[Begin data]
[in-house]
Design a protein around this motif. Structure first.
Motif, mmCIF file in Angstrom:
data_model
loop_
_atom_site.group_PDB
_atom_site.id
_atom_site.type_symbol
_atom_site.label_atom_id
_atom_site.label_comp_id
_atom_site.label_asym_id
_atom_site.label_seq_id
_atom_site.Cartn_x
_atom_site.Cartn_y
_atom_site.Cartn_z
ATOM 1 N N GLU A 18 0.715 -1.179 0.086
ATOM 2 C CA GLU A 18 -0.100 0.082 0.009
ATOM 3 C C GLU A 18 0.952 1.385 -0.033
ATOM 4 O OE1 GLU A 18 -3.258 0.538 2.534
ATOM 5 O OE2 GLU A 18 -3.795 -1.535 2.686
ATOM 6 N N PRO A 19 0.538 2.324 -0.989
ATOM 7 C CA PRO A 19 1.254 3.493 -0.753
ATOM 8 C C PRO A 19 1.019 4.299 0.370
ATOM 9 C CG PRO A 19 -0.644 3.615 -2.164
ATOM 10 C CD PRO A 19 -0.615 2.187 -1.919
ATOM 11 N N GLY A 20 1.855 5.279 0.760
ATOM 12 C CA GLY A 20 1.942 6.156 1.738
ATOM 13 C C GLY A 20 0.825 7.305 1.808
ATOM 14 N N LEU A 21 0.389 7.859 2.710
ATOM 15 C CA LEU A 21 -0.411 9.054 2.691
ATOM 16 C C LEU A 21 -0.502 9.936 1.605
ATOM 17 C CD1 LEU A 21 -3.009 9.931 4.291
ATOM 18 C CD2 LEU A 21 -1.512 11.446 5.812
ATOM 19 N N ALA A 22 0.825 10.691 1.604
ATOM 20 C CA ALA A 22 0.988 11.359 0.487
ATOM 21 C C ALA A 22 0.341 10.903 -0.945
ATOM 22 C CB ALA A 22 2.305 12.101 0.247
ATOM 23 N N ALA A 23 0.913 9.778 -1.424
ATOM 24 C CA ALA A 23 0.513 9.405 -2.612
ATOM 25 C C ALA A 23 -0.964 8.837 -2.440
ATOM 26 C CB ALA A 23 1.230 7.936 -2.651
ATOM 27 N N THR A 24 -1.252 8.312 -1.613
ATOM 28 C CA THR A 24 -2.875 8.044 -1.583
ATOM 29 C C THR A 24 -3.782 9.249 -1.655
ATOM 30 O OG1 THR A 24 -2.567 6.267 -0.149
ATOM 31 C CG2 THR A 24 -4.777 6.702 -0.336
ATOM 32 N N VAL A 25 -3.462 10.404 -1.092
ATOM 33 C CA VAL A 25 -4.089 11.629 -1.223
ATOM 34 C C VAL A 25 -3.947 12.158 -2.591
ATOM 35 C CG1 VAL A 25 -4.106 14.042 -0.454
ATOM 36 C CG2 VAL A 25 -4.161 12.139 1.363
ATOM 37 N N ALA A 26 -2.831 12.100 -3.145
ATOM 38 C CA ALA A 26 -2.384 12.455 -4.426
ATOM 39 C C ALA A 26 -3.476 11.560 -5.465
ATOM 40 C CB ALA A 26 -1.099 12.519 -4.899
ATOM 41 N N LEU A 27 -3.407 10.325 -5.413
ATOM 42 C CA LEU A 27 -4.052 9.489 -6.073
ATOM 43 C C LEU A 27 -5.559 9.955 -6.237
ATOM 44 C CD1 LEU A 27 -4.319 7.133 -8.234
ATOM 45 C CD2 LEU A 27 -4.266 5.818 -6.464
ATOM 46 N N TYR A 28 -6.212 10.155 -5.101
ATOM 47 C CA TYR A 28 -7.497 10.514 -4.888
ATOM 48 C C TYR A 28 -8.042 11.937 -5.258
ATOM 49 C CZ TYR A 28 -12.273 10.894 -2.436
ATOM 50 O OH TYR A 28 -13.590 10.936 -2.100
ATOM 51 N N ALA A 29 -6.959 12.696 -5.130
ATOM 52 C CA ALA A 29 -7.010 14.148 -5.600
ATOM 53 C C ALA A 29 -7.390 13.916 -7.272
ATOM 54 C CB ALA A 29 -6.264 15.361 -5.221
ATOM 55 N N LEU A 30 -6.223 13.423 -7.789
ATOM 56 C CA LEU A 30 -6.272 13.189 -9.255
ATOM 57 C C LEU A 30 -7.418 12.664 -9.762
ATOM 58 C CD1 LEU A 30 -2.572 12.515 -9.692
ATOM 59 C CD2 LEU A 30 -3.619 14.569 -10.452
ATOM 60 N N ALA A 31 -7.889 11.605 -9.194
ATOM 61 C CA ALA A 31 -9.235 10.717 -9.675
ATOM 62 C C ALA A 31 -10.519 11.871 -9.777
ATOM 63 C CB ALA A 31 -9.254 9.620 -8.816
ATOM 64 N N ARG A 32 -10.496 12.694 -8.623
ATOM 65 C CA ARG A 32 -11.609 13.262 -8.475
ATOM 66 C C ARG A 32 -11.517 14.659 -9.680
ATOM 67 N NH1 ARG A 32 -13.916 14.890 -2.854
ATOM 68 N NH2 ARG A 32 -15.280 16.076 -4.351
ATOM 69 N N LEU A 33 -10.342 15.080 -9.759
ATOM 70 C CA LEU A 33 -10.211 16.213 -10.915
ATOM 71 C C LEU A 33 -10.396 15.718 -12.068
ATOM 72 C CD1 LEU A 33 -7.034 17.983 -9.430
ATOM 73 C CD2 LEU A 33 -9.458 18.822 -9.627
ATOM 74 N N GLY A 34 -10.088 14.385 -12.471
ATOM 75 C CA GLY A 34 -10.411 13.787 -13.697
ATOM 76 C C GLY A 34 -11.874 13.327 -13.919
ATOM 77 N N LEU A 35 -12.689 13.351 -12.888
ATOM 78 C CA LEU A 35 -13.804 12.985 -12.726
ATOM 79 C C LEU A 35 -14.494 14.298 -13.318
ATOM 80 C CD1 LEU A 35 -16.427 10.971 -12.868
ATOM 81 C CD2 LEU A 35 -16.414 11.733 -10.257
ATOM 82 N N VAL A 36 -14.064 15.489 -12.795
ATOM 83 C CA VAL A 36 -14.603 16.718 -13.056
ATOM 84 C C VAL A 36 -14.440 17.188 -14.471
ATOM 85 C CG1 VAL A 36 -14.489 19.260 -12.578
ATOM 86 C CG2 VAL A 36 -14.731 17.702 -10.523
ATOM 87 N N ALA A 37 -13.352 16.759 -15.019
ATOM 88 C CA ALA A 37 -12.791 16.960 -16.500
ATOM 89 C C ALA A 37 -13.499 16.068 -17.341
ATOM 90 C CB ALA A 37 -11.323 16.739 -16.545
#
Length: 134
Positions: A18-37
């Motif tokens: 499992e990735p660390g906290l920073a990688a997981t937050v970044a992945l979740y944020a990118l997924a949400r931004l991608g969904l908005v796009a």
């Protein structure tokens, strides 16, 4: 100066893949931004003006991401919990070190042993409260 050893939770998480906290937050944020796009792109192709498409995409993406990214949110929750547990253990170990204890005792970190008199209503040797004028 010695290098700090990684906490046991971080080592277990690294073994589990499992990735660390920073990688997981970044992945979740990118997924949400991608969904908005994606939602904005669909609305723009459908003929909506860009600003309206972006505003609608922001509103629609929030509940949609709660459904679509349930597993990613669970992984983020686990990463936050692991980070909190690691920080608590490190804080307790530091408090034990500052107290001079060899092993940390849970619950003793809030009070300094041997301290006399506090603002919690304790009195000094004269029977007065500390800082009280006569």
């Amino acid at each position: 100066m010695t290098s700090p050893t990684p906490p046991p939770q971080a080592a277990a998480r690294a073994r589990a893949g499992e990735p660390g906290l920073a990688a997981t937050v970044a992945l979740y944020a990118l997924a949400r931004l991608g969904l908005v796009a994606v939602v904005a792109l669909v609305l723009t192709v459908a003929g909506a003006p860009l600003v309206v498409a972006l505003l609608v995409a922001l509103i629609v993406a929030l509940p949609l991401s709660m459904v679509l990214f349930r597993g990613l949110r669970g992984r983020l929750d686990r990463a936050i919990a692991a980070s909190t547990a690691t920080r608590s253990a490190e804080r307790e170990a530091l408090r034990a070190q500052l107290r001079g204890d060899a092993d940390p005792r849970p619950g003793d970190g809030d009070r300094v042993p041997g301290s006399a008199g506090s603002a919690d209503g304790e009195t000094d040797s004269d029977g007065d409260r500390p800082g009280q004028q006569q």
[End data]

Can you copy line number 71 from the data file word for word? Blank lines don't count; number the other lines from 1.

ATOM 56 C CA LEU A 30 -6.272 13.189 -9.255